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TORONTO (Reuters) - The Canadian Auto Workers union is recommending workers at a General Motors Co (GM.N) plant in southern Ontario accept GM's request to start bargaining for a new contract months ahead of the September expiration of the current deal in the hope that doing so will help secure jobs.
A union official said on Monday he believes GM wants the new contract so that it can lock in long-term costs before starting construction of a major addition at its Ingersoll, Ontario, plant.
The automaker has begun site preparation and moved "acres of dirt," said Mike Van Boekel, chairman of the Cami plant unit of Local 88 of the Canadian Auto Workers. Van Boekel believes the addition will house a welding shop, which would be a requirement for production of next-generation vehicles in two years' time.
The Cami plant, which last year produced more than 300,000 of GM's fast-selling Chevrolet Equinox and GMC Terrain crossovers, employs about 2,700 hourly workers.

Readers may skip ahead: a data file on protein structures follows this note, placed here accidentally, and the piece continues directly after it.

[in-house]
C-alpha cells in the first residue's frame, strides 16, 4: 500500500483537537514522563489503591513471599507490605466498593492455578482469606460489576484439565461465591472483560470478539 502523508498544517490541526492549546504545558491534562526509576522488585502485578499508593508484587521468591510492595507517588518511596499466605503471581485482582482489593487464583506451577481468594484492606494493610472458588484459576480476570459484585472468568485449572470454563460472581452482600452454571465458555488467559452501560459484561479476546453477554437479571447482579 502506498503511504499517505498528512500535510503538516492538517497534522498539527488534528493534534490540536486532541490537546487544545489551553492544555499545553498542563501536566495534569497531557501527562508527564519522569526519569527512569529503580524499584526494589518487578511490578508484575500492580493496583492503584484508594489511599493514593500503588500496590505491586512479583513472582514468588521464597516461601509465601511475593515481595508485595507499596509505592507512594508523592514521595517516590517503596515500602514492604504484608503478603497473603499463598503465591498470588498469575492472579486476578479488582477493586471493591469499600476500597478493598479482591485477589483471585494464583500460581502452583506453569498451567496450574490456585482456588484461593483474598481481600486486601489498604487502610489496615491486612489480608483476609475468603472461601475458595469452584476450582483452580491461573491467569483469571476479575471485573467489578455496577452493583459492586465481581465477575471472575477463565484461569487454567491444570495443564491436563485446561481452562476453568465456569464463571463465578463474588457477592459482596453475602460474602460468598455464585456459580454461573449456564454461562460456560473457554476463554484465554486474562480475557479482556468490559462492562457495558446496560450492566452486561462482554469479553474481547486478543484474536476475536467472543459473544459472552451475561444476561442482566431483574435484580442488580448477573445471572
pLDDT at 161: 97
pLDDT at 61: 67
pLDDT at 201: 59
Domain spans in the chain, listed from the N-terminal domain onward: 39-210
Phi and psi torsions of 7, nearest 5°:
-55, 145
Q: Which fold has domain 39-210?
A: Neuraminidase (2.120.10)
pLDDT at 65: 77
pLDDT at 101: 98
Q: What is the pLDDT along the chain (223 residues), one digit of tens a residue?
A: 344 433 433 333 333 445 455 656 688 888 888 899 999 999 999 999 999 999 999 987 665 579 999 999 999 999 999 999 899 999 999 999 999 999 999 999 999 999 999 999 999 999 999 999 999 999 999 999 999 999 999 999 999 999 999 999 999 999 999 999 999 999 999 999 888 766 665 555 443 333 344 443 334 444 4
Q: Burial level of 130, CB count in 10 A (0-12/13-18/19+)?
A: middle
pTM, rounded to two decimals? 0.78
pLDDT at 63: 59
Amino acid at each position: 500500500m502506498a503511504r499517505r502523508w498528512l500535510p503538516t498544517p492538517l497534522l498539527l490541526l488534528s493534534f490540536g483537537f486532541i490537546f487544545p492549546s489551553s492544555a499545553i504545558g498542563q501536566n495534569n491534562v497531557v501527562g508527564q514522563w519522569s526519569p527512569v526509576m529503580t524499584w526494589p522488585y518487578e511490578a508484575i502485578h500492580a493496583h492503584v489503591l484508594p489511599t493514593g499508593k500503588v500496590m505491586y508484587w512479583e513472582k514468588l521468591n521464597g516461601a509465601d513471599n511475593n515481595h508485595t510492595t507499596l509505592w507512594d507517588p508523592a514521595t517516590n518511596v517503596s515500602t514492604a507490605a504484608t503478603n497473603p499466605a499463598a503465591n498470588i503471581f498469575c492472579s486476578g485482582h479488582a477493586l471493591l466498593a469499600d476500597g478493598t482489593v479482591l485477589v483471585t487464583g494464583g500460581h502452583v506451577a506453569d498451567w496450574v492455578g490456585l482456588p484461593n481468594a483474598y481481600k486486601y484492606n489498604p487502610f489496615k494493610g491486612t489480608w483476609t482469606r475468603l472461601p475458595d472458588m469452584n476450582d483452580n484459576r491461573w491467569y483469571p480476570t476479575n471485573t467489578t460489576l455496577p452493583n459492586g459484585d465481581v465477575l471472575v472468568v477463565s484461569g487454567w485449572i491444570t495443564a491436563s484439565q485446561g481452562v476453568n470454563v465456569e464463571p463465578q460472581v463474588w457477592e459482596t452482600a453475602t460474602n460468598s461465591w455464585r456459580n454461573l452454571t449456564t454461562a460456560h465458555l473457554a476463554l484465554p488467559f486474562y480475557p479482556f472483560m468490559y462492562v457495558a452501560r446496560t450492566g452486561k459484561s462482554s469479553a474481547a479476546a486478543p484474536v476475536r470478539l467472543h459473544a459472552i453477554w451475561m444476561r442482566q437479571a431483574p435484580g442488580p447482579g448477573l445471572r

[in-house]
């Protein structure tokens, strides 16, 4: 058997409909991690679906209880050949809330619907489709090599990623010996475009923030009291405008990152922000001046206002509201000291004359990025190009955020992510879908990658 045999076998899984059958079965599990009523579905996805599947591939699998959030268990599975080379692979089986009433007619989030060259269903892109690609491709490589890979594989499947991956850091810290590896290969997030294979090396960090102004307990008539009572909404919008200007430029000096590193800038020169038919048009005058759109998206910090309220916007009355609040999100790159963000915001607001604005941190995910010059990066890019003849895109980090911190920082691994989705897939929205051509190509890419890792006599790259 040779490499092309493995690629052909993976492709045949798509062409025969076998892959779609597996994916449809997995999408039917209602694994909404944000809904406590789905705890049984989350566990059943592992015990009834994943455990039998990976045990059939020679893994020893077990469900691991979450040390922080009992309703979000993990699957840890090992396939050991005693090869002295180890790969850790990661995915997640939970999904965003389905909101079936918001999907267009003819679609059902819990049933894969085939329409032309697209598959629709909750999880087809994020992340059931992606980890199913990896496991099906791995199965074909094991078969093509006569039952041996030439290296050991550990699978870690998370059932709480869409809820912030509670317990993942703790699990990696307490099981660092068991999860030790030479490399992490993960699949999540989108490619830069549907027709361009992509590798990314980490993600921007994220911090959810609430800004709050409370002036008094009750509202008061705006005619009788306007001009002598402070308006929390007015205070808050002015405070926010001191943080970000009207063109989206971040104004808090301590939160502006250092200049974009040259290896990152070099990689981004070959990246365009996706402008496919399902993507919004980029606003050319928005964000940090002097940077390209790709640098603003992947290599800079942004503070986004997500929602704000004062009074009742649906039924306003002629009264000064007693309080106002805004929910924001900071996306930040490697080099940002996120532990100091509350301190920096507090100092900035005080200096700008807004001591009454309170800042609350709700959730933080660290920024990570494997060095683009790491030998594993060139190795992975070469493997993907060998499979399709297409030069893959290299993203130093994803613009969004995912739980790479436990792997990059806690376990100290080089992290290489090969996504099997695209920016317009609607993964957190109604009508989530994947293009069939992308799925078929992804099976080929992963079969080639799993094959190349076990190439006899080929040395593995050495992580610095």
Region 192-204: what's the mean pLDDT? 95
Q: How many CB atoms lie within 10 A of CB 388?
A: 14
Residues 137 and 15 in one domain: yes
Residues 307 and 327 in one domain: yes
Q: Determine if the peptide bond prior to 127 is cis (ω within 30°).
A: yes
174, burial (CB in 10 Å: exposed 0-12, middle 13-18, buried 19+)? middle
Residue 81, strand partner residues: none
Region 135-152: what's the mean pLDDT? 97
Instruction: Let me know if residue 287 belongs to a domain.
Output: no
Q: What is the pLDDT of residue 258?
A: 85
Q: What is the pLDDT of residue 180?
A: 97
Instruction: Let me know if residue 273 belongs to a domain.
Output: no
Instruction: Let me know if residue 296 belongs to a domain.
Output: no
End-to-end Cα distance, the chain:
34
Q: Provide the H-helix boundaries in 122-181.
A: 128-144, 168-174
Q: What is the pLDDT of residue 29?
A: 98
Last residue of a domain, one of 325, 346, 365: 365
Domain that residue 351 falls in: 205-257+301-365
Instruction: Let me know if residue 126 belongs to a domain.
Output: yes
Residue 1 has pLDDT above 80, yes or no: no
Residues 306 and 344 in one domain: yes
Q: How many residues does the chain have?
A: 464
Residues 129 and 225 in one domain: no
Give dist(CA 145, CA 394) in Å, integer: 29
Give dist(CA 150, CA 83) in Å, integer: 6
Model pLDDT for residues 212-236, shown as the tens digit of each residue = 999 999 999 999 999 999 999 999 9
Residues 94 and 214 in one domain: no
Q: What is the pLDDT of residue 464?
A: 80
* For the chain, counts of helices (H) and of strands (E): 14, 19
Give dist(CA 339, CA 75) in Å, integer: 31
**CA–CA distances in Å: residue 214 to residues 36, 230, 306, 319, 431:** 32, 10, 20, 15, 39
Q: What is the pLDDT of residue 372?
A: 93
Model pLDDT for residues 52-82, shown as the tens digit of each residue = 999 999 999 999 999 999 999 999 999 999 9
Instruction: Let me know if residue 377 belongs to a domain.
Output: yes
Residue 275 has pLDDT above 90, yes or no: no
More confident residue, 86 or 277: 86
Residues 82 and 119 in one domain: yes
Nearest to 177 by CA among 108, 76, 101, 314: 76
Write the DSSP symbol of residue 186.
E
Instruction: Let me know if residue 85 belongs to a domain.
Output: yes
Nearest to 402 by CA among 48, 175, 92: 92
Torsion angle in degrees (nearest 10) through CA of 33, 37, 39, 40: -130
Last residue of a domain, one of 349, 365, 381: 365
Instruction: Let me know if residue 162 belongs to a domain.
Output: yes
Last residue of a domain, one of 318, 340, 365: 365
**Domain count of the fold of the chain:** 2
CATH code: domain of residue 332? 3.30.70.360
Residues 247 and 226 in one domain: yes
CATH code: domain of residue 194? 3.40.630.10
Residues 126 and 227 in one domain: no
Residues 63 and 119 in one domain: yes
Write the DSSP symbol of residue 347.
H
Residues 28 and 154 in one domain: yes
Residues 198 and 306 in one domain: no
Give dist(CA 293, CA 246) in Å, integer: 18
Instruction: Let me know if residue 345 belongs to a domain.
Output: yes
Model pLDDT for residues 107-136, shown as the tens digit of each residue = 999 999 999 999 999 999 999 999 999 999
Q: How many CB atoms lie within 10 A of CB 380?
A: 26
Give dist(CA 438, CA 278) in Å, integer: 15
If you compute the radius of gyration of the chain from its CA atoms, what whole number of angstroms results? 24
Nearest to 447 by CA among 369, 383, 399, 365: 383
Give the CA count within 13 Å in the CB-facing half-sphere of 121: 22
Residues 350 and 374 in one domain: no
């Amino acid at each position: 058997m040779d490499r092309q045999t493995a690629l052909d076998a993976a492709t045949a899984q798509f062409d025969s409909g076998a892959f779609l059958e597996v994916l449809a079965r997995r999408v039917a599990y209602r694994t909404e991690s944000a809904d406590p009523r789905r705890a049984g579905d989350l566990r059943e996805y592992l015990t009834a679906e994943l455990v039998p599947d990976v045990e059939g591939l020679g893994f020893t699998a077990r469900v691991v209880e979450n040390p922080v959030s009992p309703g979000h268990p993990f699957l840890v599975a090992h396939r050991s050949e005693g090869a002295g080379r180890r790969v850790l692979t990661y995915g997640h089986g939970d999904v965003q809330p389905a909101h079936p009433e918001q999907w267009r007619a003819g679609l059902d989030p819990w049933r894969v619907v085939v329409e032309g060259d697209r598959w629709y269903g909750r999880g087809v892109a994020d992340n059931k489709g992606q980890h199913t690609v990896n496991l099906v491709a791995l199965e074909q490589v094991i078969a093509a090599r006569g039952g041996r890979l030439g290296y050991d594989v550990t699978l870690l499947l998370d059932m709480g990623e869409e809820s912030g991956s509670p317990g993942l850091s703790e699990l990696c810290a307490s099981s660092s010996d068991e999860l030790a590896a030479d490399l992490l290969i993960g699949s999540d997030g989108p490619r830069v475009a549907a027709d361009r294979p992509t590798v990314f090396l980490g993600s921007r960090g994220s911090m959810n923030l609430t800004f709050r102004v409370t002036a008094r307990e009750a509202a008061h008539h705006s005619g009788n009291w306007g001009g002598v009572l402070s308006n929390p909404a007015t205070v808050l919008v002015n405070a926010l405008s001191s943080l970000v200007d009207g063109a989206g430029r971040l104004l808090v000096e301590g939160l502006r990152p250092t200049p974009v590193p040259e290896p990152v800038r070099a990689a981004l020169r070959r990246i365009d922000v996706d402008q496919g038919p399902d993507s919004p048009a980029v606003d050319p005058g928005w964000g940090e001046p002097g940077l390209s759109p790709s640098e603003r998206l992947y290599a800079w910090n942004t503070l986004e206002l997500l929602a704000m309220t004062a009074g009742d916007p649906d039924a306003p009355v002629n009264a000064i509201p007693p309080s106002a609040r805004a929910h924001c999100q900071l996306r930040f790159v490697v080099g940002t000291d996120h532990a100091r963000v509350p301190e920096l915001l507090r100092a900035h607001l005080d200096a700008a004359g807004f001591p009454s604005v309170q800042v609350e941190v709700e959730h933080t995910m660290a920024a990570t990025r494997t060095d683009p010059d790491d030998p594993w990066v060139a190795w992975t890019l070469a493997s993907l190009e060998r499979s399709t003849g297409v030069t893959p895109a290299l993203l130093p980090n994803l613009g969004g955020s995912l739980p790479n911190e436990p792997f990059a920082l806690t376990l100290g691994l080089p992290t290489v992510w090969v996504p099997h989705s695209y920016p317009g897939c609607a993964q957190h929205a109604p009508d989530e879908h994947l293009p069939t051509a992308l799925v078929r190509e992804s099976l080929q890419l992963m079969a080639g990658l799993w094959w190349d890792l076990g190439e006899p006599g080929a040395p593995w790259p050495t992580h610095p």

Production runs 24 hours a day, six days a week, with mandatory overtime, Van Boekel said, but still has not kept pace with demand.
There has been media speculation that production could move to Spring Hill, Tennessee, and Ramos Arizpe, Mexico, in 2015, Van Boekel said. GM said it has made no announcements about new products.
"GM has told us in meetings that they do plan on building where they sell, and GM is selling a lot of vehicles in Canada," Van Boekel said.
Workers will vote February 10 on whether to start talks early, and could vote on a new contract on March 24.
The union said it will seek the same core terms as in the contract negotiated in September 2012 for CAW members at other GM plants in Ontario.
"Since the master agreement with the CAW was completed in September 2012, it makes sense to pull ahead the CAMI discussions," said GM spokeswoman Adria MacKenzie.
"With the master agreement already in place, these discussions will be related to the local contract at CAMI ... the March timing is possible, however, the local membership needs to approve the change in timing before discussions can begin."
Under the four-year master contract negotiated by the CAW and GM, wages are frozen for existing workers for the first three years. Workers get a cost-of-living adjustment in the fourth year, and series of lump sum bonuses. New hires will start at a lower hourly rate than under the previous contract and take 10 years to reach the top level of the pay scale, up from six years previously.
Reporting By Susan Taylor Editing by W Simon; and Peter Galloway